* spent 12 years in state-subsidized Catholic boys schools (and we did have a couple of priests removed or transferred for "liked" little boys too much)
* got exposed to the disastrous "New Math" experiment myself. Since I was about 2 grade levels ahead of my class (but was not allowed to skip grades: grade-skipping etc. were "not egalitarian" enough) I knew enough old math that it couldn't screw me up any further (and much later on I actually did find uses for set theory), but a number of my peers had to take remedial classes (and do things like relearn long division) after our school dropped "new math".
* grew up in a (Euro-)conservative Catholic household. Never heard of wife-swapping as something people around me actually did (that was for "the Dutch" as Belgians put it), but the #1 skeleton in closets among families around me was relatives who had been Nazi collaborators or even served in the SS "Flemish legion".
Turned hard left in response, quickly recoiled into the moderate left, and pretty much stayed there for 20 years. Growing doubts came to a head upon leftist responses to first the Second Intifada, then 9/11. These convinced me that I was aboard a rotten ship and that the "progressive" left had actually degenerated into a deeply reactionary movement. Consider myself a "neo-centrist" now: in the US I would vote Republican not so much because I love the Republican party (or any other party) but because I think the Democrats have gotten completely round the bend.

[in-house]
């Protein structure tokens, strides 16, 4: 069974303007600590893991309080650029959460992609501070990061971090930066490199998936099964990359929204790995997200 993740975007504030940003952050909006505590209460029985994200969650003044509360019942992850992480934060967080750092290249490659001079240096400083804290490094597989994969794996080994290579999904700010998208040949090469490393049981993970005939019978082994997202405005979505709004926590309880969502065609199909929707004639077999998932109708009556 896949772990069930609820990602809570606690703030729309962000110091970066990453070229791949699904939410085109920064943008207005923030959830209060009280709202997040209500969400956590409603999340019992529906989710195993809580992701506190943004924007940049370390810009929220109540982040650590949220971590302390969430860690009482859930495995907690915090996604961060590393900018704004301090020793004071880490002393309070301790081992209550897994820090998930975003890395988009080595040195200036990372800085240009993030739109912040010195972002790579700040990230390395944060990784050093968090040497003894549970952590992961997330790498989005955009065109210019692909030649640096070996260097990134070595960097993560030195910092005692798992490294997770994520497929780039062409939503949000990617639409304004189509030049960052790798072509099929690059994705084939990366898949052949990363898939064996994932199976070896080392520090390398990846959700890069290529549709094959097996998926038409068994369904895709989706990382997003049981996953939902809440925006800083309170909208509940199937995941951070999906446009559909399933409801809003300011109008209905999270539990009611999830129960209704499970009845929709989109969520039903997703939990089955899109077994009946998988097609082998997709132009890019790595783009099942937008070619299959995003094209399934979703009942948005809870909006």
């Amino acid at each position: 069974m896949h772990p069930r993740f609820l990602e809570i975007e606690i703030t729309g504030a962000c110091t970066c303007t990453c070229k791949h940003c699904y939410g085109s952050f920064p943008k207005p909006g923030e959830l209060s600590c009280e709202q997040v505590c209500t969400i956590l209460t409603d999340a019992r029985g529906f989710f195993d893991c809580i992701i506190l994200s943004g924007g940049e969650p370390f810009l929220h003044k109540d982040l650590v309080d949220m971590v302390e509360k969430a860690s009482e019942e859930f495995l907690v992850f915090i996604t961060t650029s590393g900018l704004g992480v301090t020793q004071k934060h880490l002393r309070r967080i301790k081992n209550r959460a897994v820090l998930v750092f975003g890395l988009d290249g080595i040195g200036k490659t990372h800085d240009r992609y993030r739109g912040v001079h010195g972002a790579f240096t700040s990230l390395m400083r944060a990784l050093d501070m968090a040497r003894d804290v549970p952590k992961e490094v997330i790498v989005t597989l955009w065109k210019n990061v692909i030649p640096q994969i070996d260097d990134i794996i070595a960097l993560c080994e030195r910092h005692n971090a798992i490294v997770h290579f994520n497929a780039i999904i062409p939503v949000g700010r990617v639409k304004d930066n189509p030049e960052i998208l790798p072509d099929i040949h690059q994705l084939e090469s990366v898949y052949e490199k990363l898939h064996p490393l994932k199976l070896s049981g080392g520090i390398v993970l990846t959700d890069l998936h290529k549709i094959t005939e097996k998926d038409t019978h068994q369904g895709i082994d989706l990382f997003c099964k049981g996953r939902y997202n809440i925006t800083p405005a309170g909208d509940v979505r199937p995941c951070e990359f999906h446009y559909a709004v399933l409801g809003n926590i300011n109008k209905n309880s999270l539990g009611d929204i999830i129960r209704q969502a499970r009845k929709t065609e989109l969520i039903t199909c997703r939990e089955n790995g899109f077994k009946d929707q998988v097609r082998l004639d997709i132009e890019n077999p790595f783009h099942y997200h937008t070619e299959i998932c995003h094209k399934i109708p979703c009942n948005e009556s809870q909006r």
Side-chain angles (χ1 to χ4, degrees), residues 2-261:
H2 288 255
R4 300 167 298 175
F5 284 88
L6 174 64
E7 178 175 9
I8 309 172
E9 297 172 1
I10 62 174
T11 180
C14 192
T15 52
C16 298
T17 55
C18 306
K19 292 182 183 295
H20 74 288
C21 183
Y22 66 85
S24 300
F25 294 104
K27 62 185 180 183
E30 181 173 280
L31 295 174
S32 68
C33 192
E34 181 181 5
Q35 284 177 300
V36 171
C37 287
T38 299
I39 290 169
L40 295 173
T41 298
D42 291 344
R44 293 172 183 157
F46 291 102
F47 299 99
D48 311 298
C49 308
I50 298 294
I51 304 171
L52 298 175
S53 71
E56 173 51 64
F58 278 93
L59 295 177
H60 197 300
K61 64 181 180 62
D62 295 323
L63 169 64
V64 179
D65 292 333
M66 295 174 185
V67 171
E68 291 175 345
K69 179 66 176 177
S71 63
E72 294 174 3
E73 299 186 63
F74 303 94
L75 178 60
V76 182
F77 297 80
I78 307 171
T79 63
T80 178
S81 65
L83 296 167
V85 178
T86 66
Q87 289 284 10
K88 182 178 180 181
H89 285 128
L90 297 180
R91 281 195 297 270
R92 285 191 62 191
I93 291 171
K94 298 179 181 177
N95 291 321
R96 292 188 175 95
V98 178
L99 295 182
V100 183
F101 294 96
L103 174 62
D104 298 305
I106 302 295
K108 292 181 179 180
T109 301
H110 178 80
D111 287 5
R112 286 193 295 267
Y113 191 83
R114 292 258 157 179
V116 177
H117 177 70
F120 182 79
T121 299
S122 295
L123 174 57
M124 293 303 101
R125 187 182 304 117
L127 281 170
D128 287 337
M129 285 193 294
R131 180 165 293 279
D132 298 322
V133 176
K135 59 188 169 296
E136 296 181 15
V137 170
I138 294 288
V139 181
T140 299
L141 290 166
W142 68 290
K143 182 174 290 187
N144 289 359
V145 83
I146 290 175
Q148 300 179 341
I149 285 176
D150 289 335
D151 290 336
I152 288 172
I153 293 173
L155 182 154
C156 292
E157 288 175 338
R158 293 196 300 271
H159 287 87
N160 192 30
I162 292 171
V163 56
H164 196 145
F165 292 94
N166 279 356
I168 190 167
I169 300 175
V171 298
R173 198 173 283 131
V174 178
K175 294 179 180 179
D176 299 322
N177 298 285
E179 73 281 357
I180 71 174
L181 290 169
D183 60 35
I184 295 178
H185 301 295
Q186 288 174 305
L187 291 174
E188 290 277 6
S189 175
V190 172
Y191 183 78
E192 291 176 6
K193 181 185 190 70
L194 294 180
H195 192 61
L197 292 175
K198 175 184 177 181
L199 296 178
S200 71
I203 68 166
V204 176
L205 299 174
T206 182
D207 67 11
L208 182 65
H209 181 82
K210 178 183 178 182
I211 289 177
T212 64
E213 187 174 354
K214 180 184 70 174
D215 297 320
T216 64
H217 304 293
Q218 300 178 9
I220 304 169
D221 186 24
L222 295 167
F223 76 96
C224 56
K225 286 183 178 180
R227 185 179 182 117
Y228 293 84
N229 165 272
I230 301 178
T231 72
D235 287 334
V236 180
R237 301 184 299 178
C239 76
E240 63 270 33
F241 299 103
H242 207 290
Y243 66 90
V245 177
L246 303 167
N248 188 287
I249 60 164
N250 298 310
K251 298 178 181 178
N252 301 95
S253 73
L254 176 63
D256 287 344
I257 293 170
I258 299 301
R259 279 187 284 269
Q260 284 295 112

* Having seen both hardcore bigotry and its supposed antidote, "multiculturalism", in action up close, I believe a healthy societal body should steer a middle course between the twin extremes of unthinking multiculturalism (the equivalent of immunodeficiency) and bigotry (the equivalent of an autoimmune disease = the immune system attacking healthy parts of the body).
* saw the post-national and post-democratic monster known as the European Union in the making from close up (lived a comparative stone's throw away from its headquarters) and learned my lessons about statism
* always took the welfare state for granted while growing up: now Belgium is confronted with its unsustainability and trying to preserve the system at any price (euthanasia is legal in Belgium to begin with, but I was horrified to learn from doctors that it is not even uncommon even in situations where the patient would never consent). A first-hand experience with the latter, as well as first-hand experiences with US-style healthcare, made me completely revise my assumptions about socialized medicine.
Then saw Israel, which has a similar healthcare system but where the "Belgian solution" is (thank G-d) literally unimaginable --- and much higher per-family childbirth means a healthier social security tax base --- but the same sustainability problems assert themselves as I speak.
* am an AGW skeptic not "despite" having a Ph.D. and the equivalent of another, but "because" I deal with computer models day and night and understand their limitations
* have learned the hard way that in my profession, expressing political views other than the New Class liberal-left "groupthink" doesn't make you popular ;-)

OK, I have rambled quite enough for now ;-) Keep up the good work, Kristin :-)

oops, "liked" should be "liking" -- mea culpa...

Great read, but "Eager" Allan Poe?

I'm curious as to what Scott intended to accomplish with his posts.

How about it, Scott? What were your goals?